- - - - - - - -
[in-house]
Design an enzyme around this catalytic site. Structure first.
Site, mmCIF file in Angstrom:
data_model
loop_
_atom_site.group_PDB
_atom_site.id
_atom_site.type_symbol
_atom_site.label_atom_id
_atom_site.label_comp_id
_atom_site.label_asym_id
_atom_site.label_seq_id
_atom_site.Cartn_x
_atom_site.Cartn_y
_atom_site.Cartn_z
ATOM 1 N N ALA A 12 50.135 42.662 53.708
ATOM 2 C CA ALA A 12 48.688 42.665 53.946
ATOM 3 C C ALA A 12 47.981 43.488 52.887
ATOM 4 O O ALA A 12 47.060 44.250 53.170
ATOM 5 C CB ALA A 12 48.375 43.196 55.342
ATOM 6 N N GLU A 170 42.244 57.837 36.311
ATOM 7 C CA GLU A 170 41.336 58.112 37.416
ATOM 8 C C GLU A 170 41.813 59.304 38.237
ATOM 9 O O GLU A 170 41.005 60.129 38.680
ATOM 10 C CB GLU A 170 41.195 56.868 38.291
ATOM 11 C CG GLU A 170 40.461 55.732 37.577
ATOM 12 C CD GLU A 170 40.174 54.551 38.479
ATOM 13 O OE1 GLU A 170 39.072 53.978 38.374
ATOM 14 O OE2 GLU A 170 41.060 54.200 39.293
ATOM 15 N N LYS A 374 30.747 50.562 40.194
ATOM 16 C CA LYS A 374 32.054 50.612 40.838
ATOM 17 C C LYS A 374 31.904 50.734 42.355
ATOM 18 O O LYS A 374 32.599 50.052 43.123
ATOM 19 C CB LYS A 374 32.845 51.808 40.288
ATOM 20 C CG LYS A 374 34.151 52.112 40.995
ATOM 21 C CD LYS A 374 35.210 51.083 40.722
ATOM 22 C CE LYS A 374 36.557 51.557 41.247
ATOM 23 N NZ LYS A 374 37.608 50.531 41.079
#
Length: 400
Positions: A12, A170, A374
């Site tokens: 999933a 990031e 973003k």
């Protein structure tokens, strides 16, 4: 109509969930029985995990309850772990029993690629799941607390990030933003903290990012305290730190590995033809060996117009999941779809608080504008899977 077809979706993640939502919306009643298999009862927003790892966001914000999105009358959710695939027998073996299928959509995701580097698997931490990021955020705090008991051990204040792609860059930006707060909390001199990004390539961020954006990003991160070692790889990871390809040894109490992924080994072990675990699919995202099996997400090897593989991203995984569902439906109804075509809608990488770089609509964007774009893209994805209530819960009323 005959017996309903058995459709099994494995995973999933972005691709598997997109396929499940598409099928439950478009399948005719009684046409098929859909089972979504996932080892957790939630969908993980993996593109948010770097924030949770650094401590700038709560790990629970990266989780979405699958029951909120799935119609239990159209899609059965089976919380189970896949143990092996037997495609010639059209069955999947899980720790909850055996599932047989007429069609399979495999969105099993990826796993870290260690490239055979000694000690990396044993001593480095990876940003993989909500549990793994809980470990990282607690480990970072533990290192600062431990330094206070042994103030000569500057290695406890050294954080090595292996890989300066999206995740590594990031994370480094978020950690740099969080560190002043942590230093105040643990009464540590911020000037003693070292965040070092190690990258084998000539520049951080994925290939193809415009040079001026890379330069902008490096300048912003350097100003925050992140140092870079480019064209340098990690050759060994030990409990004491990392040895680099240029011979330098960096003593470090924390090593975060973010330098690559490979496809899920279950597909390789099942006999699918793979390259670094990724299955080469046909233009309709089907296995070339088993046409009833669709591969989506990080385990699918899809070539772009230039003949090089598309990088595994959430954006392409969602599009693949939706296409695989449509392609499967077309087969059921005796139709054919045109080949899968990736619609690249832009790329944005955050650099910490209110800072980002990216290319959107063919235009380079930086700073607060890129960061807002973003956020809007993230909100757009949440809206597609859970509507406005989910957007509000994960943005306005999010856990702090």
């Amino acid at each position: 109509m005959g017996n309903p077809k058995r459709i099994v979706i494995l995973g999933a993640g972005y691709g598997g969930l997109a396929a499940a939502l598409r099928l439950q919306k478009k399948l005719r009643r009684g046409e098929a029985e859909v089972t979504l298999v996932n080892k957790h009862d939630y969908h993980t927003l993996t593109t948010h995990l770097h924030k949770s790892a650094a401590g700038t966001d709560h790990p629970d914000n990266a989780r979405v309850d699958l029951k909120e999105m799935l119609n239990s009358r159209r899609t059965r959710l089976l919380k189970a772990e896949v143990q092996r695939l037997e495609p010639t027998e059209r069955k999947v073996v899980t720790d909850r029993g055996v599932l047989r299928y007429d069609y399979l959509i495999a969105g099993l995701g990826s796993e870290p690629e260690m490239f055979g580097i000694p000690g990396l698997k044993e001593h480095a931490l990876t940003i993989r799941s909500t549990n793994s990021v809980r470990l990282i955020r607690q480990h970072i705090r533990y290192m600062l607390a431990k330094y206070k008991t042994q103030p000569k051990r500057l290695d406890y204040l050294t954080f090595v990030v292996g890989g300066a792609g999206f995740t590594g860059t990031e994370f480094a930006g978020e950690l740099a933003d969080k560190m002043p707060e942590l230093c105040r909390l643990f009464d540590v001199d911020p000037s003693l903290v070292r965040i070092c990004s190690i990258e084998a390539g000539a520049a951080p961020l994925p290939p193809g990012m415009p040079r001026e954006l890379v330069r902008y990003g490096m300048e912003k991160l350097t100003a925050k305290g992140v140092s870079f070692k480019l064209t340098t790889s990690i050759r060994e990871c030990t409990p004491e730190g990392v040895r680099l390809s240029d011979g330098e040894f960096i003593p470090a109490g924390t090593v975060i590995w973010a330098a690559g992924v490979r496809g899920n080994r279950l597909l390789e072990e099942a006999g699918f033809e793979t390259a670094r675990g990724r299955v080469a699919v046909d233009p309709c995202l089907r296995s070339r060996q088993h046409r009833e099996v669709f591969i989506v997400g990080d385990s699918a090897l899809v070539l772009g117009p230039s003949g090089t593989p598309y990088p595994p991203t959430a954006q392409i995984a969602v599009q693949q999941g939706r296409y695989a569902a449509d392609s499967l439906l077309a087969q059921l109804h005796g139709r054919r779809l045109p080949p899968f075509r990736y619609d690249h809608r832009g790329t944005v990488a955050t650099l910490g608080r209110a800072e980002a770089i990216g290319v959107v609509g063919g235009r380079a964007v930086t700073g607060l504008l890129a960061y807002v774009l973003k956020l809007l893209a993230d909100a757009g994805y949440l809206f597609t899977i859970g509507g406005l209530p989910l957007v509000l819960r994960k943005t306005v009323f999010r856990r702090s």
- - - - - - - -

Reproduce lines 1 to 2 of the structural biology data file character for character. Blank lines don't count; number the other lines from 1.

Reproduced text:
[in-house]
Design an enzyme around this catalytic site. Structure first.